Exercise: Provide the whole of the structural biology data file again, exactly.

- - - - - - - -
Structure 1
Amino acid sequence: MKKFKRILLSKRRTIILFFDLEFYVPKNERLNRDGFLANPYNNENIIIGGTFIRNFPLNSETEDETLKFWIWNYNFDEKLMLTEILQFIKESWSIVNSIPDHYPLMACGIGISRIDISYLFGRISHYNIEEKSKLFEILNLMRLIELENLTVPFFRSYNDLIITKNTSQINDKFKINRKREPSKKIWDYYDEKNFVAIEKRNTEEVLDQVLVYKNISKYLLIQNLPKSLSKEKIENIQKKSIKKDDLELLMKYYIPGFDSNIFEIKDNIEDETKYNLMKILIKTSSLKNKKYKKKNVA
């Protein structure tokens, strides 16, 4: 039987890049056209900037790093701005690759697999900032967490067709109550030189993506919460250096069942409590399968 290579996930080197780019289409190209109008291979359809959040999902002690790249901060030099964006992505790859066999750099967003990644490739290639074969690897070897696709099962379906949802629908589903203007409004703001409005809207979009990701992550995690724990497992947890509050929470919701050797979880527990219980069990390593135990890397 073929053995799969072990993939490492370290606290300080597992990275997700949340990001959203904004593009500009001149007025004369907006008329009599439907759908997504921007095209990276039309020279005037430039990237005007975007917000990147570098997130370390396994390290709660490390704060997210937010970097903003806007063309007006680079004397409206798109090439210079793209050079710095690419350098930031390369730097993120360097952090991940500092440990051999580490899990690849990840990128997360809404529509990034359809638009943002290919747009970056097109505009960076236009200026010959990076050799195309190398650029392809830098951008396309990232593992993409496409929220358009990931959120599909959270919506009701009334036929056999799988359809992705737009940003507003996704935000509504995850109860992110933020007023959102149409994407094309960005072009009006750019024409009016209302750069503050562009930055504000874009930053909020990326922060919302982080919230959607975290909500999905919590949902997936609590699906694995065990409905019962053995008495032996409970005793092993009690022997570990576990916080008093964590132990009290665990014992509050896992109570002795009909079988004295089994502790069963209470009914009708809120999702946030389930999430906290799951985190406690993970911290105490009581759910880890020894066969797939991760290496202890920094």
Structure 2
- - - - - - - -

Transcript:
Structure 1
Amino acid sequence: MKKFKRILLSKRRTIILFFDLEFYVPKNERLNRDGFLANPYNNENIIIGGTFIRNFPLNSETEDETLKFWIWNYNFDEKLMLTEILQFIKESWSIVNSIPDHYPLMACGIGISRIDISYLFGRISHYNIEEKSKLFEILNLMRLIELENLTVPFFRSYNDLIITKNTSQINDKFKINRKREPSKKIWDYYDEKNFVAIEKRNTEEVLDQVLVYKNISKYLLIQNLPKSLSKEKIENIQKKSIKKDDLELLMKYYIPGFDSNIFEIKDNIEDETKYNLMKILIKTSSLKNKKYKKKNVA
């Protein structure tokens, strides 16, 4: 039987890049056209900037790093701005690759697999900032967490067709109550030189993506919460250096069942409590399968 290579996930080197780019289409190209109008291979359809959040999902002690790249901060030099964006992505790859066999750099967003990644490739290639074969690897070897696709099962379906949802629908589903203007409004703001409005809207979009990701992550995690724990497992947890509050929470919701050797979880527990219980069990390593135990890397 073929053995799969072990993939490492370290606290300080597992990275997700949340990001959203904004593009500009001149007025004369907006008329009599439907759908997504921007095209990276039309020279005037430039990237005007975007917000990147570098997130370390396994390290709660490390704060997210937010970097903003806007063309007006680079004397409206798109090439210079793209050079710095690419350098930031390369730097993120360097952090991940500092440990051999580490899990690849990840990128997360809404529509990034359809638009943002290919747009970056097109505009960076236009200026010959990076050799195309190398650029392809830098951008396309990232593992993409496409929220358009990931959120599909959270919506009701009334036929056999799988359809992705737009940003507003996704935000509504995850109860992110933020007023959102149409994407094309960005072009009006750019024409009016209302750069503050562009930055504000874009930053909020990326922060919302982080919230959607975290909500999905919590949902997936609590699906694995065990409905019962053995008495032996409970005793092993009690022997570990576990916080008093964590132990009290665990014992509050896992109570002795009909079988004295089994502790069963209470009914009708809120999702946030389930999430906290799951985190406690993970911290105490009581759910880890020894066969797939991760290496202890920094």
Structure 2